Three years ago today, my life changed.
Three years ago, today, my life changed. I thought my life was over. My dreams were shot to death when my doctor’s first words to me were, “I can’t tell you how sorry I am ...” No greeting, no “how are you today?” The sadness in his eyes confirmed what I thought I knew even before he uttered the words. My body curled into a ball and I broke. I couldn’t remember breaking down in front of someone else prior to this. The sorrow and despair I felt was all-consuming. My doctor even shed a few tears for me. I had never seen that or had that happen before.
I was told that I had to see a specialist for the rest of my life. Prior to this day, I was pretty healthy. I rarely got sick and if I did, it was once a year. My immune system was shutting down and if I didn’t see the specialist and start treatment, I would be dead by the end of the year. I didn’t assume this, my doctor told me this. He was surprised that I wasn’t bedridden yet. He didn’t say it unkindly. I believe that he was trying to impart the importance of seeing the specialist right away. He told me that I needed to start treatment right away. But he also told me that he wanted to see me beat this and live a long and healthy life.
Can you imagine being told that if you didn’t start treatment right away that you wouldn’t live past the next two months? To say that it’s scary is a huge understatement. It’s beyond terrifying. I began to imagine all the dreams I had die. All the research and knowledge that I had conducted and obtained over the past three decades regarding this disease didn’t help in any way. Intellectually, I knew the facts and statistics. With treatment, I could possibly live a long life, or longer than people who had this disease did. Emotionally, it was the end of the world. Three little letters signified something that would end my life, or at least that’s what I believed.
However, I have learned a lot about other people and about myself. In a way, I’m grateful. Don’t get me wrong, I don’t believe that this disease is a good thing for anyone. I don’t believe that anyone deserves it. Okay, maybe the people that destroy the lives of others on purpose and with glee. One of the reasons that I am grateful is because I learned that regardless of what I can see, everyone is fighting something and I need to be sensitive to that. I may be able to give them relief from their fight. I learned who are real friends and who are the imposters. It made my heart tougher and I'm glad. Another reason I'm grateful is that I learned that I am stronger than I ever thought I could be.
Treatment, as I was told by a few nurses and physicians alike, is similar to chemotherapy that cancer patients receive, only without the hair loss. Within a month (thanks to delays with insurance), I was taking twenty-two pills a day. Twenty-two pills! My body felt like there was a war going on within it. All of the medications were fighting a virus and multiple infections. My kidneys were shutting down. My liver was following their lead. Nausea and vomiting were my “best friends”. My body forgot what it was like to not have pain. I had to avoid anyone with a cold, the flu, or any other communicable disease or condition. My new specialist warned that contact with them could end my life. Then it was taking longer than usual for me to mentally focus on things. That drove me crazy! Multitasking was difficult for once in my life. I couldn’t control my reaction to anything. With all of this, I had to accept that my life would never be the same.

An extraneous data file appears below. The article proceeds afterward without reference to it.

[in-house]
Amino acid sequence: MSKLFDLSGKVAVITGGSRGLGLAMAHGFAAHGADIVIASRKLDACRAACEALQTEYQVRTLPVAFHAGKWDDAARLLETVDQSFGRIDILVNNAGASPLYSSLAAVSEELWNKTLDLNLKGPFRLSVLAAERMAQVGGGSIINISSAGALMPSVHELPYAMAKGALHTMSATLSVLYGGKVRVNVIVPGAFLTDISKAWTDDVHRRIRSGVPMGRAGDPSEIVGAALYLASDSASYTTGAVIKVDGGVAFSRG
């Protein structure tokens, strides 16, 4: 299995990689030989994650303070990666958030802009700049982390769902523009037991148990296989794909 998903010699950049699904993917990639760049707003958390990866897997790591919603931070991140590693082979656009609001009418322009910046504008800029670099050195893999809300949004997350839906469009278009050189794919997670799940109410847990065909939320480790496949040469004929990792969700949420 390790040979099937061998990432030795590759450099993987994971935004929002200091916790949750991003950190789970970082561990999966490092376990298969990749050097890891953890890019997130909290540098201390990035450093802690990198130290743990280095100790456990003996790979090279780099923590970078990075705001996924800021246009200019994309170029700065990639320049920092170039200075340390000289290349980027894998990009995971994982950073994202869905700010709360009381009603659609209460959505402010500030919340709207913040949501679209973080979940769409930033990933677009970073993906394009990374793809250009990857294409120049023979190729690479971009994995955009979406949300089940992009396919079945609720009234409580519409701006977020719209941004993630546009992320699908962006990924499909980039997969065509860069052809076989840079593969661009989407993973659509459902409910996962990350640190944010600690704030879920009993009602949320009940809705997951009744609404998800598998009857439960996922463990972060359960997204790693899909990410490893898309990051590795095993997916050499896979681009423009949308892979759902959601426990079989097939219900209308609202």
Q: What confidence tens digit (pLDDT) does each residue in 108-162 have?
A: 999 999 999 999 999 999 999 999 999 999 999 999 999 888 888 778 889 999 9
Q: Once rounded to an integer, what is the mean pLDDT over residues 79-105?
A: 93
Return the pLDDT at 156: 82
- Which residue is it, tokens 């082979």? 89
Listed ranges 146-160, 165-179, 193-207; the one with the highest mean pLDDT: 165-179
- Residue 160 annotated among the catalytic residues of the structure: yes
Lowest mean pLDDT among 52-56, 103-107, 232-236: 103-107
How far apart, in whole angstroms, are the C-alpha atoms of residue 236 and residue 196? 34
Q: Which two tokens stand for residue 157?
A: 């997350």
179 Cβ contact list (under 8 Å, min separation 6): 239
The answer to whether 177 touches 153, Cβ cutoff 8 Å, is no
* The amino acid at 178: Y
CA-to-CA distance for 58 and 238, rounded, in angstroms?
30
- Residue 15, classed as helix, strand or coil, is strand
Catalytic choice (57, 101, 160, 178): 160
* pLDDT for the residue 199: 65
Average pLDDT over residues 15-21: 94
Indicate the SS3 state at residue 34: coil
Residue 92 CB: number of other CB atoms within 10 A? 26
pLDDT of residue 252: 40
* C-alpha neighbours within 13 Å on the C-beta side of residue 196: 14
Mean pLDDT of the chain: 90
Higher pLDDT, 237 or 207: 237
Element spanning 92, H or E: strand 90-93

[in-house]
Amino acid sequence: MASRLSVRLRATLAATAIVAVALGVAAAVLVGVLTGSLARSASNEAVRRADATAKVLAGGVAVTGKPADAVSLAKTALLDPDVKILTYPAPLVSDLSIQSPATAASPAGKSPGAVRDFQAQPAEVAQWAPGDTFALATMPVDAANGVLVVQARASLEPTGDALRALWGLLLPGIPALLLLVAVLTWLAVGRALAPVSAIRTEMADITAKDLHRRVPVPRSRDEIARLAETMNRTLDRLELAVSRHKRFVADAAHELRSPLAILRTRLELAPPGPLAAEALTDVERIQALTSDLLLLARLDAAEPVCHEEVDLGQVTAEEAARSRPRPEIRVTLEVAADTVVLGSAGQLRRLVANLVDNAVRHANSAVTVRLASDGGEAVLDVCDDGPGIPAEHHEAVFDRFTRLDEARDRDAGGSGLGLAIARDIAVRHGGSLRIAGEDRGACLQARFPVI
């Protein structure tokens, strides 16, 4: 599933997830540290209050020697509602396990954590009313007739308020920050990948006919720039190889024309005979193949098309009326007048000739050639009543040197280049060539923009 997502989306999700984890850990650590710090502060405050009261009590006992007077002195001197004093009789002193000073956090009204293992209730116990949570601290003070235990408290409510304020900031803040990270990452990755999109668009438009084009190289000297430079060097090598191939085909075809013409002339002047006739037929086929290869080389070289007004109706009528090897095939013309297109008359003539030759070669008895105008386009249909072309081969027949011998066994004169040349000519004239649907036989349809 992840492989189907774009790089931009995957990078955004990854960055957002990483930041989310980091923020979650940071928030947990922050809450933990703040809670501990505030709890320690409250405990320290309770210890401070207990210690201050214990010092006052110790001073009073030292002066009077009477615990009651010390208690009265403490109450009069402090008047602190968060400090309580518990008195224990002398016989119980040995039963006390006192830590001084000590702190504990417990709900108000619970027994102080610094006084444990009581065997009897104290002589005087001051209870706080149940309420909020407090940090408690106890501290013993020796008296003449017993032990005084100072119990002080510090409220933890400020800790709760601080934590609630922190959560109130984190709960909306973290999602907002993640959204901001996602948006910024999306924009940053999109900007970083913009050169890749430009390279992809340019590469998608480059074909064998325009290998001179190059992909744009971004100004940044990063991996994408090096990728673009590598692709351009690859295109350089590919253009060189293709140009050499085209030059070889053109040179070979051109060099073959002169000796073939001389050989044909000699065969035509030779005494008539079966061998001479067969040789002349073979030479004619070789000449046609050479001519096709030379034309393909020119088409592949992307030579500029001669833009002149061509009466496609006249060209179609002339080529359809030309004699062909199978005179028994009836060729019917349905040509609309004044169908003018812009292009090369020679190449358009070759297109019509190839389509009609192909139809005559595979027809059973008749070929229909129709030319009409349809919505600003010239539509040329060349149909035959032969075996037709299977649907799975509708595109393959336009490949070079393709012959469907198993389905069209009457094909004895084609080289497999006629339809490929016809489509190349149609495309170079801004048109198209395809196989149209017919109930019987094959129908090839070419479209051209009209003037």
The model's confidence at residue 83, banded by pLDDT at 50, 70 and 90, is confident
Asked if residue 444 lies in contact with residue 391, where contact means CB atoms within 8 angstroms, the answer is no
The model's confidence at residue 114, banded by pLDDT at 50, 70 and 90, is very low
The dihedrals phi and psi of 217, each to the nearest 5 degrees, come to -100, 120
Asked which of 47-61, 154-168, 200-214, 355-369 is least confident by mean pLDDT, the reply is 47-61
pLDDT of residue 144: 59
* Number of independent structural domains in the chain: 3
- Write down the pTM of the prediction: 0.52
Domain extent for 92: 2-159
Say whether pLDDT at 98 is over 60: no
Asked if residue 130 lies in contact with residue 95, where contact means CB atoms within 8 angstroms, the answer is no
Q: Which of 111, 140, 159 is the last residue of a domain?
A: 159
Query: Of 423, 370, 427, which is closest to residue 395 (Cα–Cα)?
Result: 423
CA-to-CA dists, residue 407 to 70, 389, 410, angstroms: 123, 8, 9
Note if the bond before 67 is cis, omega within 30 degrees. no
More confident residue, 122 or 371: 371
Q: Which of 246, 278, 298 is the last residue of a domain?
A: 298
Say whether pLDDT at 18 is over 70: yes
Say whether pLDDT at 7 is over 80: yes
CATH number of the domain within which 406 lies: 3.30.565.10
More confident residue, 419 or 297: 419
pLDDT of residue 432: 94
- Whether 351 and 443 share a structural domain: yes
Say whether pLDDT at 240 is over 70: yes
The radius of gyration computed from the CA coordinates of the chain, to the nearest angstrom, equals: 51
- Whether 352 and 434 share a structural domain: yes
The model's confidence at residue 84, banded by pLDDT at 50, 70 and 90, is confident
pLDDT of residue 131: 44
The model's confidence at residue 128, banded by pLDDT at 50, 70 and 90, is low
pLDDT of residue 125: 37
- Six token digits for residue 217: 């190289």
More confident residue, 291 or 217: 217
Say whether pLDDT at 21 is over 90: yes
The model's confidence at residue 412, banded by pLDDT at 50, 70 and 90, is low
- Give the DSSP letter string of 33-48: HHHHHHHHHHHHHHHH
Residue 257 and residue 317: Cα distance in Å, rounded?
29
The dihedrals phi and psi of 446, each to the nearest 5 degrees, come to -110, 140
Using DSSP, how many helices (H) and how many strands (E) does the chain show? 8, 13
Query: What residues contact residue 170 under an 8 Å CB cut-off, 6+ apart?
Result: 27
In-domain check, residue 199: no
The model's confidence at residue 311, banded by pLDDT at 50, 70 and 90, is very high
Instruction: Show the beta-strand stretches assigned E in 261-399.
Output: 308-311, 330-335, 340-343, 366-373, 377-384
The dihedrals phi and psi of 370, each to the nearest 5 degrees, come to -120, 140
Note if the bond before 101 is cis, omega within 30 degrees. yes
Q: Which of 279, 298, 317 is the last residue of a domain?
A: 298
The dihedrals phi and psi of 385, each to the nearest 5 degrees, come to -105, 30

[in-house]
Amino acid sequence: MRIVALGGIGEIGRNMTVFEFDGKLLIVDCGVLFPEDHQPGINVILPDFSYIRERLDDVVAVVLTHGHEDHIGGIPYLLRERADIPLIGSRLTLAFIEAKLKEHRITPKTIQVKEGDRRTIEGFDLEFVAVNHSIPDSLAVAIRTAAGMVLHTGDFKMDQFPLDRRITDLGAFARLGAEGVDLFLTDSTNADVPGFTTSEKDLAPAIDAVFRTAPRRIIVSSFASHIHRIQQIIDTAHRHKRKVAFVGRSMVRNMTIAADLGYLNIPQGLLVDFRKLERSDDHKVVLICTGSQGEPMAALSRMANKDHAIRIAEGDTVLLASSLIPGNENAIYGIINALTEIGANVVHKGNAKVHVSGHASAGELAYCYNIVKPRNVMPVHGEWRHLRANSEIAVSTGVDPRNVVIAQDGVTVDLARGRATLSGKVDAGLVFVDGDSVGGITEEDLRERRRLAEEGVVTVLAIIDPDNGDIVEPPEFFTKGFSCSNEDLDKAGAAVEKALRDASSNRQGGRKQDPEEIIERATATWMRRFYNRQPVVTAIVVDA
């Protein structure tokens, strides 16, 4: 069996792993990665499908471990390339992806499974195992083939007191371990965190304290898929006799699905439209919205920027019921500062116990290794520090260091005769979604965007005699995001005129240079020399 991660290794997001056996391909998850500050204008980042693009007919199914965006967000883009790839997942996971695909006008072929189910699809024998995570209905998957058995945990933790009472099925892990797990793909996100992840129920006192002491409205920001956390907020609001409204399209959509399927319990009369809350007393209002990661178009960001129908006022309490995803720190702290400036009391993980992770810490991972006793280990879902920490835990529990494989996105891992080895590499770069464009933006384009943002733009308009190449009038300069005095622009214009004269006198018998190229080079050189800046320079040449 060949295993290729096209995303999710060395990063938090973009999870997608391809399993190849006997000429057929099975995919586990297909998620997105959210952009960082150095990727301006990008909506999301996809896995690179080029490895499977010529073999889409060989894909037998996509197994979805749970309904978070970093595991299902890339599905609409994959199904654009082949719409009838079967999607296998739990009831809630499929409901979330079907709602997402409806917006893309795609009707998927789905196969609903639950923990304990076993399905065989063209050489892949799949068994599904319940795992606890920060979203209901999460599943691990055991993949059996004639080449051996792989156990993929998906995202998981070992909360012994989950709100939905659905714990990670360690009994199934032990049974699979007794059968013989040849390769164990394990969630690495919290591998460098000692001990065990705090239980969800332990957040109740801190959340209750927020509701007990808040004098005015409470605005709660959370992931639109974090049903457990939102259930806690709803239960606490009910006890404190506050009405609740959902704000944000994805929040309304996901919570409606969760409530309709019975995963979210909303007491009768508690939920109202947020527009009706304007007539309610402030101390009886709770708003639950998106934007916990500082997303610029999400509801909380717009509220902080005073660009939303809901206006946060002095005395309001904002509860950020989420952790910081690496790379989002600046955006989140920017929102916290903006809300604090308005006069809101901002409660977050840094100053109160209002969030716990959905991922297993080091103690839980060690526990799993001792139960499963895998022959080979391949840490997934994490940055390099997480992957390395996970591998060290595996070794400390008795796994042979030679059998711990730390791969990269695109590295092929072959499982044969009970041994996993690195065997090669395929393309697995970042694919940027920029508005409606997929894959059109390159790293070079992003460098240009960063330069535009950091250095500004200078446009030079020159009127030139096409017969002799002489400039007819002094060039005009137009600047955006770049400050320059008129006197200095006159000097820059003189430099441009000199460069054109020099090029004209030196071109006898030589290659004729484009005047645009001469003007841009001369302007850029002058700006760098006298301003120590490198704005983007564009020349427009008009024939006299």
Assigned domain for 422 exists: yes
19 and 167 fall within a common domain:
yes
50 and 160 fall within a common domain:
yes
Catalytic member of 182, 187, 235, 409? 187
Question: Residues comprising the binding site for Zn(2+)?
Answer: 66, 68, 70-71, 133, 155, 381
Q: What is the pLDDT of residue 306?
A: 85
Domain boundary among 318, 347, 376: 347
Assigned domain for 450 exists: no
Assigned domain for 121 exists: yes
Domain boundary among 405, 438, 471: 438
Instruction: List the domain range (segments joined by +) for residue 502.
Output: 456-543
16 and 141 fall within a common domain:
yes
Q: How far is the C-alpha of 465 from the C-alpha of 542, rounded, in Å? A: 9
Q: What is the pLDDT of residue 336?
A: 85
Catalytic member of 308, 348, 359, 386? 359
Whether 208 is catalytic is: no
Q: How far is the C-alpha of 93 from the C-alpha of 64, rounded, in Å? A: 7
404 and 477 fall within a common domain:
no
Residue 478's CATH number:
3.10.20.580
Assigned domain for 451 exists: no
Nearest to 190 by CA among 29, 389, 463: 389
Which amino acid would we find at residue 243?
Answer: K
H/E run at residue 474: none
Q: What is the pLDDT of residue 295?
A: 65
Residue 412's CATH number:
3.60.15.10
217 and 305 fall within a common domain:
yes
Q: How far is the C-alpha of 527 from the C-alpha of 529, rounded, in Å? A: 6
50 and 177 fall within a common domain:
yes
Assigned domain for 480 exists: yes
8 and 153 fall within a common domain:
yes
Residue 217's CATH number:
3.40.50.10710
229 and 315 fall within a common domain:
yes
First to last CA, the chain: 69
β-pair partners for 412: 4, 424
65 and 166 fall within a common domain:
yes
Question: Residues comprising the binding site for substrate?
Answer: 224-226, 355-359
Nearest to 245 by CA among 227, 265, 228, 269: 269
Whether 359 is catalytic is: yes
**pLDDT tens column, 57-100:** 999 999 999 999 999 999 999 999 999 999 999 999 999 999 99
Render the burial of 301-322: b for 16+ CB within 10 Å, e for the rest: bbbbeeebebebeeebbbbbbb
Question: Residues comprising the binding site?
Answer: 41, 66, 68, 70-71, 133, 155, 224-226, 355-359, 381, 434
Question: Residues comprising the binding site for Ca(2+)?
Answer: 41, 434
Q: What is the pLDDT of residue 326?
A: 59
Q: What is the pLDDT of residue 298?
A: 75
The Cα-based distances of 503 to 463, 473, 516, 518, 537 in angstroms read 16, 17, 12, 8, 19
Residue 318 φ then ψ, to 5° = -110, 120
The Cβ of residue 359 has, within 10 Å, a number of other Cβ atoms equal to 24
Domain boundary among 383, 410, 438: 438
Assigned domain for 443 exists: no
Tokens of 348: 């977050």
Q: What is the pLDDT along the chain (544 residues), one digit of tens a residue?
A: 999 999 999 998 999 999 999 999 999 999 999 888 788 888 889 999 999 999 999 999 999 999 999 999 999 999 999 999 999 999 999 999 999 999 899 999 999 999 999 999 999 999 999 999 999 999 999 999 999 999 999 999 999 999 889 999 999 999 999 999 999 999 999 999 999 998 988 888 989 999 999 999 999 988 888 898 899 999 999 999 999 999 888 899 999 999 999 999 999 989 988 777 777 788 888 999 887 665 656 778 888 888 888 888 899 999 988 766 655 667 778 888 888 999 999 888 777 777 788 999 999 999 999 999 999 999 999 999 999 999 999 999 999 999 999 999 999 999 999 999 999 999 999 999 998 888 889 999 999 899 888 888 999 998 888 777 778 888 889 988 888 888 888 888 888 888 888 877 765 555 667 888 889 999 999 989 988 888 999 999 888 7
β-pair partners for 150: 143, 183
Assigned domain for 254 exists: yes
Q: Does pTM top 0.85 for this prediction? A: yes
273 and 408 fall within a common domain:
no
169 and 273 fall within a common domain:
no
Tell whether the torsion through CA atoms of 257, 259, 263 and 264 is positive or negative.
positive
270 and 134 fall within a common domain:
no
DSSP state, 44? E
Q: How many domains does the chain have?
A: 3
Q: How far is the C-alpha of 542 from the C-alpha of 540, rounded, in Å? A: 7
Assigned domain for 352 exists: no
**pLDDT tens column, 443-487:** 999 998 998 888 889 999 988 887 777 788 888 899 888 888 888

As dramatic as it sounds, I wanted to die. I don’t handle change well and my world was turned inside out, upside down, sideways, and backwards. Often, I wished for death. I was scared to tell anyone besides my best friends. I couldn’t stand the thought of friends turning their backs on me. Rejection is always painful and I wasn’t sure I could handle that on top of the war inside my body. Since then, I learned that I can handle a lot of pain, whether it is physical, emotional, or mental.
This three-letter disease taught me that I’m not just a fighter. I am a powerhouse. It will not win. I punch this disease in the throat whenever it chooses to try to defeat me. Even though I have since been diagnosed with cancer amongst other things, I am determined to show this disease who’s the boss. One day, when it tries to defeat me, I will simply lift an eyebrow and it will run away with its tail tucked.
I was told twice since then that I was expected to die. I wasn’t supposed to live past two months after diagnosis, then I wasn’t supposed to survive to my birthday the following year. It has been three years. So, happy three-year anniversary to me. I am a fighter. I am a survivor. I am a powerhouse. I am the storm. And best of all, I am blessed.
Until later…be safe and be kind to one another.